This scanning electron microscope image made available by the Centers for Disease Control and Prevention shows rod-shaped Pseudomonas aeruginosa bacteria. Four deaths and additional cases of vision loss have been linked to eyedrops from EzriCare and Delsam Pharma that were tainted with the drug-resistant bacteria.
A fourth person has died of a bacterial infection linked to contaminated eye drops, the U.S. Centers for Disease Control and Prevention said Friday.
The CDC recalled three products in February, including EzriCare Artificial Tears — a preservative-free, over-the-counter product that comes in multi-dose bottles — after dozens of people reported aggressive eye infections, according to The Associated Press. The CDC’s most recent report brings the number of infections to 81 cases in at least 18 states and four deaths as of May 15.
Additionally, 14 users lost their eyesight and four people needed to have an eye removed surgically.
“These were catastrophic and life-altering infections,” Maroya Spalding Walters, who leads the CDC outbreak response investigations, said in an interview, NBC reported.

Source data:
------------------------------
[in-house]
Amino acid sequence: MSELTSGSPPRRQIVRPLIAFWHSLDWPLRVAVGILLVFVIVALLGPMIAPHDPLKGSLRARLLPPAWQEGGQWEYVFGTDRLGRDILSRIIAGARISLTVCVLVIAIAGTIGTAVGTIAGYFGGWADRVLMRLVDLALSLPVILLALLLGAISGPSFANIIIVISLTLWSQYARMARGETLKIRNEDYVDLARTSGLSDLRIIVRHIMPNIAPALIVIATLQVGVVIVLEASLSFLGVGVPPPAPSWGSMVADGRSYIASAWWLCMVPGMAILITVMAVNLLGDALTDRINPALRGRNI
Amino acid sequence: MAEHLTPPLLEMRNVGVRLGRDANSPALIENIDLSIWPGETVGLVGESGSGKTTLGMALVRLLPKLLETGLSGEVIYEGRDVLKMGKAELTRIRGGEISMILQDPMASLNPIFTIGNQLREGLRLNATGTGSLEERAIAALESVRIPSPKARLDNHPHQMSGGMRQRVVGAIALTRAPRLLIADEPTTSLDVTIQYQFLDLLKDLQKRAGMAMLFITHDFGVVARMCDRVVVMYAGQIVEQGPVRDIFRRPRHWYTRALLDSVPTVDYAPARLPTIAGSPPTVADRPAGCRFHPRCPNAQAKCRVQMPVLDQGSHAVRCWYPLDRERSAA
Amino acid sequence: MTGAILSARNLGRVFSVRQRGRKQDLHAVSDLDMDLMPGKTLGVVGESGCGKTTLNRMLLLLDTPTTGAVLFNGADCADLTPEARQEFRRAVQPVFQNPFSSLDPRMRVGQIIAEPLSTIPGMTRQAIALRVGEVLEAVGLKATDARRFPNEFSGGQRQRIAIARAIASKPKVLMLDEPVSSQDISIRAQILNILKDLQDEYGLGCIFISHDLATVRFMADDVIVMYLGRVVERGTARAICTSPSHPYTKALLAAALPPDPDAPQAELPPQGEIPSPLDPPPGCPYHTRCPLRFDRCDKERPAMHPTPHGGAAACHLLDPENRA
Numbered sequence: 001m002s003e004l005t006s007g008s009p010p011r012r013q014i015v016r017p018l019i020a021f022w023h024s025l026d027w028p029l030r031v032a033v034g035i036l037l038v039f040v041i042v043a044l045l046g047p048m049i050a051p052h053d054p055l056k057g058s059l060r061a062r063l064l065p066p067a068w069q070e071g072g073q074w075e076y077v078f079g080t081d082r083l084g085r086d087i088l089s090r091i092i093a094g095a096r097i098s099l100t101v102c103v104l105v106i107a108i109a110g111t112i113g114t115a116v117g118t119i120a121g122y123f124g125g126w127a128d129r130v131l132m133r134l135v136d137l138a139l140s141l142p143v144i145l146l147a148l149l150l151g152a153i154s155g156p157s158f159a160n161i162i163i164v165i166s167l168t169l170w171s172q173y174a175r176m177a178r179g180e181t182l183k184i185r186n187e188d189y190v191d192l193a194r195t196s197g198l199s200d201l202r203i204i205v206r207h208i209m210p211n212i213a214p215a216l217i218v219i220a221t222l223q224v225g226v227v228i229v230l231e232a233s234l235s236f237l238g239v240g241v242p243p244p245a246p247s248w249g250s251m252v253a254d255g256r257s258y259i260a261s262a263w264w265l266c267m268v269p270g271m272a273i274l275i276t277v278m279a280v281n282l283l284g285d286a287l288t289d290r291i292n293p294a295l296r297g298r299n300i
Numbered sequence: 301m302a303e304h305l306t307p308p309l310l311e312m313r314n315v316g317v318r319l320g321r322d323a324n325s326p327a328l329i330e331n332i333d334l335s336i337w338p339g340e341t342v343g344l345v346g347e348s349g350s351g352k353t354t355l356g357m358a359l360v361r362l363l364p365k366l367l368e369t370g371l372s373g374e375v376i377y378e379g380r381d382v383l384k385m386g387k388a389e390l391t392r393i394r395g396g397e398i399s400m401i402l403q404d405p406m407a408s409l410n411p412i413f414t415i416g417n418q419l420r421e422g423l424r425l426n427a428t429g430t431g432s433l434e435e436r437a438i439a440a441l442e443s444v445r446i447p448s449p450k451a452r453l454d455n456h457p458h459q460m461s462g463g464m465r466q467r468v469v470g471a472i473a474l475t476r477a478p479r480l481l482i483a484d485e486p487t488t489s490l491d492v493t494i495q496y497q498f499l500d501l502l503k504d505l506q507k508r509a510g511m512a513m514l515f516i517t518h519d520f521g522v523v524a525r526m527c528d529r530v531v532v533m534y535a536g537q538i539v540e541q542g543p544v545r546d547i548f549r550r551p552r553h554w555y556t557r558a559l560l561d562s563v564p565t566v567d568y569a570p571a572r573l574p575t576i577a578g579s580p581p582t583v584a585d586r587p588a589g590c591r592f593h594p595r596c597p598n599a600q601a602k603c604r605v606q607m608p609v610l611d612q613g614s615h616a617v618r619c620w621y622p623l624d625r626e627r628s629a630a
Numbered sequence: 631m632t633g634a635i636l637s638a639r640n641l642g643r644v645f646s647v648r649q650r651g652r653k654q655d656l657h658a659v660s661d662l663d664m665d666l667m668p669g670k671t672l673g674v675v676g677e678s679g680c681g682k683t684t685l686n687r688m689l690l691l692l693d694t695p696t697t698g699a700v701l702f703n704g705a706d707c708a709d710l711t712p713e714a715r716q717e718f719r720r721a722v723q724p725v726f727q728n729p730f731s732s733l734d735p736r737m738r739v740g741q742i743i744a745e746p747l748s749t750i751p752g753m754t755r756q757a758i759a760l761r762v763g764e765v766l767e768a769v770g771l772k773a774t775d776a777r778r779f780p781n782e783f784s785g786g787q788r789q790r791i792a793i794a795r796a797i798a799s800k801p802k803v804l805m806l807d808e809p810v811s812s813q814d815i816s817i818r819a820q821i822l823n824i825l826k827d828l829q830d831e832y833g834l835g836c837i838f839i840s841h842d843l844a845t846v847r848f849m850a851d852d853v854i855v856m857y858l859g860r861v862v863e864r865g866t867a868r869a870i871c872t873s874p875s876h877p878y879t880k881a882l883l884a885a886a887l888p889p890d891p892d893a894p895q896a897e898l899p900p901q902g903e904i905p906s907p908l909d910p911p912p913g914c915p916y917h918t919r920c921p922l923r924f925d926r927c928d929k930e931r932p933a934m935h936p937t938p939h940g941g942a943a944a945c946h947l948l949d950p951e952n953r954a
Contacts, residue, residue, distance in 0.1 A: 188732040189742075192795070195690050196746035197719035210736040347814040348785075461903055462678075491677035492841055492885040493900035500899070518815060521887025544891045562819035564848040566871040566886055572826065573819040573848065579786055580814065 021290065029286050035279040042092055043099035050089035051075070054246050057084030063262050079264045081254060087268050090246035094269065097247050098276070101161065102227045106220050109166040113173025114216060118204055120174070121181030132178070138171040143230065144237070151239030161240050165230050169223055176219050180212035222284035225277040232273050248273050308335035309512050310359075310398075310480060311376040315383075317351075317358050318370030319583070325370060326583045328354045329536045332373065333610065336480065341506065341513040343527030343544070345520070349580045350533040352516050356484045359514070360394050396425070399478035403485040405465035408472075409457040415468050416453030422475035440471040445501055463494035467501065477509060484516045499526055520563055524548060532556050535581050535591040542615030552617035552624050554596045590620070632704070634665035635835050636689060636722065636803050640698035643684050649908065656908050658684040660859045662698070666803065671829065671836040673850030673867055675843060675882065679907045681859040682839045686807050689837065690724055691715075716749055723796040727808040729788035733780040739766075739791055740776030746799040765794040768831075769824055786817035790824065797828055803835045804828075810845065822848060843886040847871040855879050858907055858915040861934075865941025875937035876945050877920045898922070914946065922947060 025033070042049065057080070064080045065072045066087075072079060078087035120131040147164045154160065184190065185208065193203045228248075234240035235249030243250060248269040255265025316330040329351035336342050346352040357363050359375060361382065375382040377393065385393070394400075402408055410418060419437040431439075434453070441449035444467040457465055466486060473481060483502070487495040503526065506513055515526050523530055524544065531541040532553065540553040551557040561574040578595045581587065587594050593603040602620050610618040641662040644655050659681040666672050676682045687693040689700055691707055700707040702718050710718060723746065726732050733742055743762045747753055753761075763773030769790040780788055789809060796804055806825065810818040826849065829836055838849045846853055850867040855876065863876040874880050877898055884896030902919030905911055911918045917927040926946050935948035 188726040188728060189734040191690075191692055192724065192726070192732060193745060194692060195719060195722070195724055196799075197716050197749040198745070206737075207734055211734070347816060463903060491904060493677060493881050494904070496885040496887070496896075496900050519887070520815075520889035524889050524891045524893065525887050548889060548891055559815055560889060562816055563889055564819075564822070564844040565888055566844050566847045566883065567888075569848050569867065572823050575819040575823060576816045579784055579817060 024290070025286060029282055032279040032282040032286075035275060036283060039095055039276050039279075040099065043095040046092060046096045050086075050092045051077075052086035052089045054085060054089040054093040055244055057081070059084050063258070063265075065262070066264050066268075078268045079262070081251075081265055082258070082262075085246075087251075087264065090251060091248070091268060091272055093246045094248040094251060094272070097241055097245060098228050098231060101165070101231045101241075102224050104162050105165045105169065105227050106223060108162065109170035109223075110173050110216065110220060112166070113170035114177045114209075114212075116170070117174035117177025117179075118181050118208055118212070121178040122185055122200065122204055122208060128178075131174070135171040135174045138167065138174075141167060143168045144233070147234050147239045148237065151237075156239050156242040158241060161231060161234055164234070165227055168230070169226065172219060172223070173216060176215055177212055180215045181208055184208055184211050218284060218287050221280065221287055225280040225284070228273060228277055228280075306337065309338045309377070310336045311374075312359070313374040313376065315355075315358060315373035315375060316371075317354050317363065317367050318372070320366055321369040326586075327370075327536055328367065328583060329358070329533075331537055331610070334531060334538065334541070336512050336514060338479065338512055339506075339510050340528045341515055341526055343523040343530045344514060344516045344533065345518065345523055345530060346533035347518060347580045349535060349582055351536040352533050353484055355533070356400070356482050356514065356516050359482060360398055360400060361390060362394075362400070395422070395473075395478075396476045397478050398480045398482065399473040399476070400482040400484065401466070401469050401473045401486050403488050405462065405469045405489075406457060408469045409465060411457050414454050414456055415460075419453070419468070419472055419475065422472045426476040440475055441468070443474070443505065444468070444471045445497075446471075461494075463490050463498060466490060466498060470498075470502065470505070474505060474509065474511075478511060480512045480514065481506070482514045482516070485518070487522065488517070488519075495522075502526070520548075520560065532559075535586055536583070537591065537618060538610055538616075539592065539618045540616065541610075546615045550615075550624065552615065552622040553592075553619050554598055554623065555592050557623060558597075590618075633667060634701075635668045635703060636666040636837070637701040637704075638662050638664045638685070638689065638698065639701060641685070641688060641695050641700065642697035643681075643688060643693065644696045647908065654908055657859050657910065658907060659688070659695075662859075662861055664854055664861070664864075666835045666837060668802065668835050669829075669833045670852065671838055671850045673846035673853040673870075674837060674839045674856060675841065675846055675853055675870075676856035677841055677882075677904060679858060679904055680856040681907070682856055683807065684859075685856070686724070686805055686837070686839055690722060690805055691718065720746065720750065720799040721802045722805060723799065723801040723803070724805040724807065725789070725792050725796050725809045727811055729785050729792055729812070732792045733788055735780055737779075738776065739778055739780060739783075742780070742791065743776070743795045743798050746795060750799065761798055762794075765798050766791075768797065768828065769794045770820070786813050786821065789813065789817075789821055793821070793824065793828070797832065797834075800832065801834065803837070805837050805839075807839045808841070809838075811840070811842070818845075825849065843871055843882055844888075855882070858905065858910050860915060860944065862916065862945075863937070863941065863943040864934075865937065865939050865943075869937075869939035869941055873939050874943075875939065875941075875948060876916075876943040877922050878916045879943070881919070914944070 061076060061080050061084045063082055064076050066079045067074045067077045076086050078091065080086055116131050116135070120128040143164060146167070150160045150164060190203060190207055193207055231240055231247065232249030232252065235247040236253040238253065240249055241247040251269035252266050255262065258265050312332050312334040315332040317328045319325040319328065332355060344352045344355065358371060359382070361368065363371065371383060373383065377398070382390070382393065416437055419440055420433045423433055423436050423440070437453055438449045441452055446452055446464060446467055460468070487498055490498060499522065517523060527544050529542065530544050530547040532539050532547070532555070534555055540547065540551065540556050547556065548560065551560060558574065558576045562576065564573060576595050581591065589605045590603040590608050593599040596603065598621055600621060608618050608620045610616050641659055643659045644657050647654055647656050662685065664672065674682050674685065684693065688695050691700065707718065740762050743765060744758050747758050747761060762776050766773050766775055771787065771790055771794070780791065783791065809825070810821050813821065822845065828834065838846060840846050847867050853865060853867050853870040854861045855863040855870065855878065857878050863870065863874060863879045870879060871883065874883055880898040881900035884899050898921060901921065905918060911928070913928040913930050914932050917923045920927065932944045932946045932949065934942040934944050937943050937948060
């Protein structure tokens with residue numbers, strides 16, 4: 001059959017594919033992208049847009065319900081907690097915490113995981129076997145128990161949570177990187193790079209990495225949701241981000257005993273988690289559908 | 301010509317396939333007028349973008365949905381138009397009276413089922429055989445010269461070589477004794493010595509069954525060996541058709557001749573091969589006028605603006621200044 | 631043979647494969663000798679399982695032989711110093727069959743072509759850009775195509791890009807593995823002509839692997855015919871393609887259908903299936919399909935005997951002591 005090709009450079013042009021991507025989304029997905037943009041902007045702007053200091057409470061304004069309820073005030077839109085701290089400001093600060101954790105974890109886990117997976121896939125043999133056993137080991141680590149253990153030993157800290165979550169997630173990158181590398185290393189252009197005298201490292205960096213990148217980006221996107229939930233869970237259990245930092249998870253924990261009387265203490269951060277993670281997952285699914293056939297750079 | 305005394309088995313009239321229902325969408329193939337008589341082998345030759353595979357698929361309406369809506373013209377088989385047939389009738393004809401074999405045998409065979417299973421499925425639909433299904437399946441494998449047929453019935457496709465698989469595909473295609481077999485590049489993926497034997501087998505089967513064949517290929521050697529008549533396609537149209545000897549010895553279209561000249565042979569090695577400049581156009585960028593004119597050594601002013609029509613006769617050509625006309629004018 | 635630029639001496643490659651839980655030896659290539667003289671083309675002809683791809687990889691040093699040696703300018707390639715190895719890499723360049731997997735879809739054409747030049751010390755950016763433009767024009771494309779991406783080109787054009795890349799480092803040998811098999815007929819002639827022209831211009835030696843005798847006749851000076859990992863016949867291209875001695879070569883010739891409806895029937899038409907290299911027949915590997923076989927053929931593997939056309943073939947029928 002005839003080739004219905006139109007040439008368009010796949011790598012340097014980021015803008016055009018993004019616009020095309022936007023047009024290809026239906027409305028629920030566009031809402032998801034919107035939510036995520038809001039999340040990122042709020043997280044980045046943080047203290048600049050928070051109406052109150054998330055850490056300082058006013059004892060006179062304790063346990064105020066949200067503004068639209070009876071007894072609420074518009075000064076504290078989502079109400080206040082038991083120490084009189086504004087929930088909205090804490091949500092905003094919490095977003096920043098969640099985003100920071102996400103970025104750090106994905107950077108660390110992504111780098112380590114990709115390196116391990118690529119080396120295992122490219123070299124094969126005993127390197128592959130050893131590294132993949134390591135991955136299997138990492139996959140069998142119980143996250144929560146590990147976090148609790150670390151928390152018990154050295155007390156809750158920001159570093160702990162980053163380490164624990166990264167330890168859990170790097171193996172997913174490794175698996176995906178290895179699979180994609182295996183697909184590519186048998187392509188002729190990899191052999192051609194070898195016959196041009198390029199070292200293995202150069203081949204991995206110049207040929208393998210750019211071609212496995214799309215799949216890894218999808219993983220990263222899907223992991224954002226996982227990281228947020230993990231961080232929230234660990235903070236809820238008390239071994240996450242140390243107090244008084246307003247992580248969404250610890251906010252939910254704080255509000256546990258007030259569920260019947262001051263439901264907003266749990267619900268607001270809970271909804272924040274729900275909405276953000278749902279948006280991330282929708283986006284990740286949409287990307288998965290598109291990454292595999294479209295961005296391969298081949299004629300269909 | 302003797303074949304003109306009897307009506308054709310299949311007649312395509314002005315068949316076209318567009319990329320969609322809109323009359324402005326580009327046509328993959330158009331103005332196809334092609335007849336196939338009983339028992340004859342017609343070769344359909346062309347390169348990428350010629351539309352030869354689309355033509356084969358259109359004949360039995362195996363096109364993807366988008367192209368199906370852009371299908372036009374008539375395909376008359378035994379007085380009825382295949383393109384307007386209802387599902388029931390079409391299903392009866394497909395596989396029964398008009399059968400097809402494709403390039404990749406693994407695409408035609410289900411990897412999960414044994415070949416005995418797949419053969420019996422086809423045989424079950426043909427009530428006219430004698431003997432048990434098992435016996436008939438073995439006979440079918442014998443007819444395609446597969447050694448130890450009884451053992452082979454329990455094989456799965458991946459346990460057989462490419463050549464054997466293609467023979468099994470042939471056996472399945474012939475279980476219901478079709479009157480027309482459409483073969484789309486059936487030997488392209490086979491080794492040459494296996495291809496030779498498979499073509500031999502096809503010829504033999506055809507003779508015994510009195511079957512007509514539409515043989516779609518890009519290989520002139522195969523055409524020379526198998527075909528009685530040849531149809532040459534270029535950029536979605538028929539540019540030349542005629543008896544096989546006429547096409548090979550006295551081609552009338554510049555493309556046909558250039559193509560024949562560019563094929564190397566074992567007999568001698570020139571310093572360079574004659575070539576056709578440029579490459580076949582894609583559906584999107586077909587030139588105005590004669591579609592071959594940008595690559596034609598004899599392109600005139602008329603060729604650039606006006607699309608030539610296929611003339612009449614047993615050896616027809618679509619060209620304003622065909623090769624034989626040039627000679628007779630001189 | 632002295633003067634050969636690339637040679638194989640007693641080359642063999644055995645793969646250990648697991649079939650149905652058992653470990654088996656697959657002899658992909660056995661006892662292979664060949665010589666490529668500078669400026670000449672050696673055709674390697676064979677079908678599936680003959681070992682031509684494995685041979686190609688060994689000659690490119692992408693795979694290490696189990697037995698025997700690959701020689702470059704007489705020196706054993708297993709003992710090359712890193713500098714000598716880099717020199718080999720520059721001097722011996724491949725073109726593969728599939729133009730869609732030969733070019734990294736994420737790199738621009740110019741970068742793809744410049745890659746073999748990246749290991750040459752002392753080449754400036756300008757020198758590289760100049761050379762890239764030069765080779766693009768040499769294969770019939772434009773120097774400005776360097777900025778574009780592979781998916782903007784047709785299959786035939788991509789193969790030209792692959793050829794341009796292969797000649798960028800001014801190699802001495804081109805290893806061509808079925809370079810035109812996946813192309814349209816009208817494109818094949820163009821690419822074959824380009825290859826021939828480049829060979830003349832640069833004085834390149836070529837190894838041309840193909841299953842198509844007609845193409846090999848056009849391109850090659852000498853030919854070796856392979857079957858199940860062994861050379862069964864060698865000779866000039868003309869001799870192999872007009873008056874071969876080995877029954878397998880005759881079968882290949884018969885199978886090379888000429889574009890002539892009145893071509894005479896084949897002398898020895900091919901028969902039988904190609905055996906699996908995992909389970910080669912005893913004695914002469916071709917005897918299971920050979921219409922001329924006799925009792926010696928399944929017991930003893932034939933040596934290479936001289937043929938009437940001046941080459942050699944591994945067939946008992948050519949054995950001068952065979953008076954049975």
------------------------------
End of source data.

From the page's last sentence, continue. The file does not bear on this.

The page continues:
The infections were all caused by a highly antibiotic-resistant strain of a bacterium called Pseudomonas aeruginosa, which had not been reported in the U.S. prior to this outbreak, according to the CDC.
Infected patients reported using more than 10 kinds of eyedrops, but health authorities indicated that EzriCare Artificial Tears was the most often used.
CDC said the EzriCare products were the only common artificial tears product identified as harmful. Along with two other products, Delsam Pharma Artificial Tears and Delsam Pharma Artificial Ointment, EzriCare Artificial Tears were manufactured in India by Global Pharma Healthcare.
To curb the spread of the outbreak, all three brands have been recalled by the manufacturer.
These were catastrophic and life-altering infections.Maroya Spalding Walters, CDC
Since February, the Food and Drug Administration and the CDC have released semi-regular reports warning consumers and health care practitioners not to purchase the recalled products and to immediately stop using any of them. No other products have been linked to the outbreak, the CDC reported.
The symptoms include yellow, green or clear discharge from the eye, eye pain and discomfort, redness, a feeling of something in the eye, increased sensitivity to light and blurry vision.
The bacteria can also cause infections in the blood, lungs and other parts of the body, according to the CDC.
Cases have been discovered in 18 states: Connecticut, California, Colorado, Delaware, Florida, Illinois, North Carolina, New Jersey, New Mexico, Nevada, New York, Ohio, Pennsylvania, South Dakota, Texas, Utah, Washington and Wisconsin.
Though officials said the bacteria are extremely resistant to standard antibiotics, one medication, cefiderocol, did work in treating some infections, according to PBS.